Avoiding an IRS Audit

On average, the Internal Revenue Service audits a little over a million tax returns every year. That’s less than one percent of all returns. That’s a really small number in the grand scheme of things. No one likes to be audited though, so here are a few tips to help avoid the hassle.

The numbers are on your side

The numbers are on your side to not be audited. Less than one percent (0.5 percent) of people who file taxes are audited every year. That number jumps to 12 percent if you make more than $1 million a year. Overall, more than 30 percent of audits are for those making over $200,000. Comparatively, only two percent of the American population makes that much. With these numbers, the chances of being audited are low.

However, the IRS is stepping up efforts to ensure all Americans are paying their fair share of taxes, meaning audits are becoming more common. There are steps you can take to reduce your chances of being audited, and step one is educating yourself on your claims and deductions.

What causes an audit

The IRS has an automated system called the “discriminant function system” (DIF). The DIF uses statistical algorithms to determine returns that could have inaccuracies or discrepancies in reported tax liability. The DIF was designed to look for anomalies between the taxes owed and the tax liability reported. Make no mistake: the DIF was designed to bring in revenue. To avoid being flagged by the DIF, be honest. Report all your income, don’t take deductions you’re not owed, and you should be fine. Most importantly, double check your work.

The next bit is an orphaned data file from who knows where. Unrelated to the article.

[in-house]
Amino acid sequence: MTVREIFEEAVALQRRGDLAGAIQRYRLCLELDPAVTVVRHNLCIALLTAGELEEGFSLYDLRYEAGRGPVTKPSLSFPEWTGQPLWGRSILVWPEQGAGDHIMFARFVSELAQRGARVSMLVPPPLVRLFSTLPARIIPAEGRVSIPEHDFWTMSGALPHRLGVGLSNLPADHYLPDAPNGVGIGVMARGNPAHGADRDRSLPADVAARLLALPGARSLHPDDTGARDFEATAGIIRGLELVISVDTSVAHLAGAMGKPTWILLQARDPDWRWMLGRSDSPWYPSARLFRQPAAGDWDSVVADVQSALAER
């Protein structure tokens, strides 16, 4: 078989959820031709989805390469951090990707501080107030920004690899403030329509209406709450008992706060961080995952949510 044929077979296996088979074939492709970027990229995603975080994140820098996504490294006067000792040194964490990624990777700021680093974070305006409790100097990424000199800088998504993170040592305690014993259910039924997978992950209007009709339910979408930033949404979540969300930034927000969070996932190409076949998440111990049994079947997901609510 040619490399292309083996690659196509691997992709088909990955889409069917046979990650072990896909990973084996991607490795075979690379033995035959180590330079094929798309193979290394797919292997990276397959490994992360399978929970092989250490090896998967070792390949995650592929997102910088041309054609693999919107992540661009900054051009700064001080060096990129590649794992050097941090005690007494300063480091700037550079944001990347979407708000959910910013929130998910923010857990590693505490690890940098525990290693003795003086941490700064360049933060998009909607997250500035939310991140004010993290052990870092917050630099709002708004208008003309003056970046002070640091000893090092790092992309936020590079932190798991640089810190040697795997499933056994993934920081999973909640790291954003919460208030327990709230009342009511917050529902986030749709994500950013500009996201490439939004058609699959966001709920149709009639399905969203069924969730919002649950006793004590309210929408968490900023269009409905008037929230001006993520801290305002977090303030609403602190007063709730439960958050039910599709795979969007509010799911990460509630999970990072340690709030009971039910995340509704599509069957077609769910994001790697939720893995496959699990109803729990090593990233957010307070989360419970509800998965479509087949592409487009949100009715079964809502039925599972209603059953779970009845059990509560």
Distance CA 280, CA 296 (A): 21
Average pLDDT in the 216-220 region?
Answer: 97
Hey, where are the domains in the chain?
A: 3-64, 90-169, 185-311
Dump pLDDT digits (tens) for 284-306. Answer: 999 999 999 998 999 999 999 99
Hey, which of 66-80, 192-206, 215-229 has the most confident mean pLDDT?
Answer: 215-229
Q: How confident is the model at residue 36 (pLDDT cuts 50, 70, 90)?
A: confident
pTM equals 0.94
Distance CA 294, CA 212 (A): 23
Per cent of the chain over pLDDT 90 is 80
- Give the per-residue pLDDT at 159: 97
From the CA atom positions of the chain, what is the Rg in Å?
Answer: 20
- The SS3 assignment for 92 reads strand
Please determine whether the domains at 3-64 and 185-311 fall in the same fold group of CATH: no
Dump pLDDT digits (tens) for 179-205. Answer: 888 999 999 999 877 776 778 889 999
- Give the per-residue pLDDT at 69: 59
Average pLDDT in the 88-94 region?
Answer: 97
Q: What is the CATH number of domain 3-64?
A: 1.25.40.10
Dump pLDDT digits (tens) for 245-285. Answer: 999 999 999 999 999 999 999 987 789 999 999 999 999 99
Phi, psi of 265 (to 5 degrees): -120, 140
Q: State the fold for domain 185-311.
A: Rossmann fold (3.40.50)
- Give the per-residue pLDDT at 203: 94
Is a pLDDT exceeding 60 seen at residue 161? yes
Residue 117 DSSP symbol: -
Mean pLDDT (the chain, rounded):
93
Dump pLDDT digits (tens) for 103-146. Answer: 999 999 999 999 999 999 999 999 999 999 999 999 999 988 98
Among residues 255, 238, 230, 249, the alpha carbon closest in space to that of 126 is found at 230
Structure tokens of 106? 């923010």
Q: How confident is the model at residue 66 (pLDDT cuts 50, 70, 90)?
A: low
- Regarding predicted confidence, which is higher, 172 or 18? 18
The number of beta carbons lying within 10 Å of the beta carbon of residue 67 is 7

Dot your “i”s and cross your “t”s

Missing or wrong information is another reason people get audited. Error rates for paper tax returns are somewhere in the 10 to 21 percent range. This is a good reason to e-file or use tax software, such as TurboTax. Besides helping avoid audits, electronic tax returns are processed faster, meaning you get your return faster. There is also instant confirmation that you filed your taxes along with electronic records in case you are audited. Oh, and filing online is cheaper. Not all tax returns can be filed online, so be sure to check your eligibility before you do, as that would most definitely result in an audit.

Some critics say that e-filing taxes only serves to make it easier for the IRS to conduct audits since the information is much more easily reviewed and can be instantly transferred to the DIF. What’s easier for you is going to be easier for the IRS, but remember, they aren’t going to audit you unless you give them a reason to do so.

Avoid red flags

There are a few tax credits or deductions that tend to catch the eye of the IRS. It should be no surprise offshore accounts and foreign income are giant red flags. It isn’t illegal to have these, however a lot of people trying to avoid taxes have them too. Large deductions like charitable contributions or large mortgage interest deductions, especially when compared to income, are going to catch the auditor’s eye. Home office or 100 percent business use of a vehicle are also common triggers for an audit. If these are legitimate deductions, go ahead and make them. However, be sure to have all your paperwork in order in case you are picked for an audit.

Take heart

Not all audits end with owing more money or fines. Almost 34,000, about three percent, of audits result in the taxpayer receiving an additional refund. So take heart, if you are selected for an audit, you’re more likely to get money back than you were to be picked for an audit in the first place.